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Highlights of 2019 HOPA Practice Management

Julianne O. Darling, PharmD BCOP
Outpatient Oncology Clinical Specialist
Indiana University Simon Cancer Center
Indianapolis, IN

The 2019 Hematology/Oncology Pharmacy Association Practice Management program1 was held in Charlotte, NC, on Friday, September 13, and Saturday, September 14. This meeting offered both live and virtual participation, and attendees included 250 hematology and oncology pharmacists and administrators from across the country.

Three preconference sessions were offered on September 13: “Investigational Drug Services” (covering safety, standards, and regulatory issues), “The Growing Role of Specialty Pharmacy as an Extension of the Cancer Care Team,” and “Best Practices for Cancer Care at Integrated Delivery Networks.” In addition, a Quality Improvement (QI) Workshop was held on September 12. This workshop was organized by the HOPA Quality Oversight Committee as an introduction to the American Society of Clinical Oncology (ASCO) Quality Training Program (QTP). Thirty-one HOPA members attended this workshop to learn about the components of QI in health care from ASCO QTP leaders Michael Keng, MD; Vedner Guerrier, MBA LSSBB; and Amy Morris, PharmD. (See HOPA News, Vol. 16, no. 4, for additional coverage of this workshop.)

The general sessions kicked off at noon on Friday with a presentation on the practical implementation of biosimilars. This session included comments from three pharmacists (two working with Kaiser Permanente and one working with BlueCross BlueShield of North Carolina) about considerations for payers and providers related to biosimilar use. Next, Russell Greenfield, MD, gave the presentation “Integrative Oncology: Separating Wheat from Chaff.” Dr. Greenfield discussed the expanding role of the pharmacist and included a number of patient scenarios to highlight the need for healthcare providers to communicate with patients regarding integrative or alternative medications. One study noted that 38% of the American population is interested in complementary or alternative medicine, and interest is even higher in the cancer population (up to 68%).2 Above all else, Dr. Greenfield emphasized the need for pharmacists to take the lead in supporting the well-being of each patient through safely managing patients’ use of vitamins, supplements, and herbs in addition to their traditional cancer treatment.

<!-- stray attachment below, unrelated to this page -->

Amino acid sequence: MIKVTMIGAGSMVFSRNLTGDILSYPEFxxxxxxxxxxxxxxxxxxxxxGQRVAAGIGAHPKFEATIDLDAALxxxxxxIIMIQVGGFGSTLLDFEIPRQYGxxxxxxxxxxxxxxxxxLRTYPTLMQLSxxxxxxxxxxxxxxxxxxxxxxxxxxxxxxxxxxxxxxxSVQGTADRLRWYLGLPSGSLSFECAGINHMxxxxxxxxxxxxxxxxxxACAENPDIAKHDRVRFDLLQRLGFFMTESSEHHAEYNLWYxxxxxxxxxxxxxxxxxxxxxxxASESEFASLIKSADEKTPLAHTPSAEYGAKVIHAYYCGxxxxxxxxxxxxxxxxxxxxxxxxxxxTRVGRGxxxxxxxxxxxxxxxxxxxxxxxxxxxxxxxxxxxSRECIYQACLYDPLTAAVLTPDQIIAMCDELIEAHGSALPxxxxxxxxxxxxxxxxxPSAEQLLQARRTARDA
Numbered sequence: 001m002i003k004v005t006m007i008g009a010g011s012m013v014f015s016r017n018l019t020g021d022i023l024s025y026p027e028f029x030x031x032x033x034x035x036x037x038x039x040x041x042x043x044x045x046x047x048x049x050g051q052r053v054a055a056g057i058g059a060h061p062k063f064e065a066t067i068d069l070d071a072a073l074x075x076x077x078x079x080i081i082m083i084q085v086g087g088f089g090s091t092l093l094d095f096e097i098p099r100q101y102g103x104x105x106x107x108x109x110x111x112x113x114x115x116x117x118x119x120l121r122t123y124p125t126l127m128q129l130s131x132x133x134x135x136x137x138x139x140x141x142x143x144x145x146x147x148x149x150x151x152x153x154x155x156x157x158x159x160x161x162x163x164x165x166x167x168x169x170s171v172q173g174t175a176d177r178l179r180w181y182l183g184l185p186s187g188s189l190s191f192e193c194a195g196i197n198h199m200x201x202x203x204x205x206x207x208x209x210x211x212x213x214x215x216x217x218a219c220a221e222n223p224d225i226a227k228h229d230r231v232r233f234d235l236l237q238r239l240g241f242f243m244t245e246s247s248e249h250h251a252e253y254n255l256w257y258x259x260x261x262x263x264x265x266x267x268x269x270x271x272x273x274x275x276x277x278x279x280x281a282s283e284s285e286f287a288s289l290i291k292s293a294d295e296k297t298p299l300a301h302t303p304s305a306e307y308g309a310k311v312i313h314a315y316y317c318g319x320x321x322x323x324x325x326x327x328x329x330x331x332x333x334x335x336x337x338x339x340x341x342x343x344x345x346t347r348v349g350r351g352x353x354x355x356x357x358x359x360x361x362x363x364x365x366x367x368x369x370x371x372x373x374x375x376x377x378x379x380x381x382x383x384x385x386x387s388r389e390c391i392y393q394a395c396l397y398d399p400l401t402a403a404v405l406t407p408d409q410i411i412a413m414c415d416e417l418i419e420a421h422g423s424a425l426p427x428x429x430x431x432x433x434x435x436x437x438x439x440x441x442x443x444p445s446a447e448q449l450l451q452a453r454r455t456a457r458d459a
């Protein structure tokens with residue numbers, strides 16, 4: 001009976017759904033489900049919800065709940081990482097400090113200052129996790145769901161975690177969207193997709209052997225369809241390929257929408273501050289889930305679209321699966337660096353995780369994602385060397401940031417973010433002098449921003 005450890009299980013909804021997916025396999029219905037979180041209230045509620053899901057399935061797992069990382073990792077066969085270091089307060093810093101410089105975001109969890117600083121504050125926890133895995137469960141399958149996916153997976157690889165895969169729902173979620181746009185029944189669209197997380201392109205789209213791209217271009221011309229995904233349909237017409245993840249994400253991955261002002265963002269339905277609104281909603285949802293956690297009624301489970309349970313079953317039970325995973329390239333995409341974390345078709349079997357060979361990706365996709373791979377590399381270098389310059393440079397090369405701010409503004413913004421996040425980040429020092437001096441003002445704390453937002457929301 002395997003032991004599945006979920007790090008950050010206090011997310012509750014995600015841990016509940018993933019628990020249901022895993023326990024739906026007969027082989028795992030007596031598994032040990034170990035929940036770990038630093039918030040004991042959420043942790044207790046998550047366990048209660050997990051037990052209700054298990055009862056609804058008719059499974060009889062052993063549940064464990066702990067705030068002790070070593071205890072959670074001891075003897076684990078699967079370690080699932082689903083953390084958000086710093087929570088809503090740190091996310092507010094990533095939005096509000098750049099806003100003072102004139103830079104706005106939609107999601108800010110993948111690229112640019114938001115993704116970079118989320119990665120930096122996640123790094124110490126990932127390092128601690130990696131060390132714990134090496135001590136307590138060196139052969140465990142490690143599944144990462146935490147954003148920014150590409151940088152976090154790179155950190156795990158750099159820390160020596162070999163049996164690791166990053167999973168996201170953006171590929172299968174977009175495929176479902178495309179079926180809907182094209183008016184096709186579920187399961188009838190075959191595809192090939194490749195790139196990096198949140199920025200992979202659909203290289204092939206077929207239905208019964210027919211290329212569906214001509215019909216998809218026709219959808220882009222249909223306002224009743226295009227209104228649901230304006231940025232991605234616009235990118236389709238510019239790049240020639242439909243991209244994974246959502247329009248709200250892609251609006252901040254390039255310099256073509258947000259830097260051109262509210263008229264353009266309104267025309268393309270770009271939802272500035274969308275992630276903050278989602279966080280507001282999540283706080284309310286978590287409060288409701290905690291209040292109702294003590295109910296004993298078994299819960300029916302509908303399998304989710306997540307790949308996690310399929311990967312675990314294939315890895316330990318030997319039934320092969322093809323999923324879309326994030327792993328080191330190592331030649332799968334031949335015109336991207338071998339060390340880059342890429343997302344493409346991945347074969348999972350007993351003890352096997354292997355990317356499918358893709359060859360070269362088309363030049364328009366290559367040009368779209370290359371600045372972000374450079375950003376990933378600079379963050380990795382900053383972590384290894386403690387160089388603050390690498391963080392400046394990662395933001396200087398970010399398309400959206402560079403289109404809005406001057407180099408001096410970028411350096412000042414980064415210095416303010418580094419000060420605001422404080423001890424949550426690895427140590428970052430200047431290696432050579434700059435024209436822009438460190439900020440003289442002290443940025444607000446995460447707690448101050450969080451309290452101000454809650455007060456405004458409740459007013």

Along with the continuing education programming offered at the meeting, a number of presentations and networking events allowed attendees the opportunity to get to know one another. On Friday evening an update on HOPA’s Pilot Mentorship Program was led by Becky Fahrenbruch, PharmD BCOP. This program was developed by the Leadership Development Subcommittee to gauge interest in a mentorship program for HOPA and determine the best steps for implementing such a program. This year, five pairs of mentees and mentors met in monthly calls to discuss various leadership topics. In conjunction with the monthly calls, the group participated in a meet-and-greet event at HOPA’s 2019 Annual Conference in Fort Worth, TX. To conclude the pilot program, the group met for breakfast during HOPA’s 2019 Practice Management program to discuss the book Conscious: The Power of Awareness in Business and Life, by Bob Rosen and Emma-Kate Swann. The book-club breakfast was a great occasion for the participants to get to know one another and learn from the mentors’ involvement in HOPA over the years.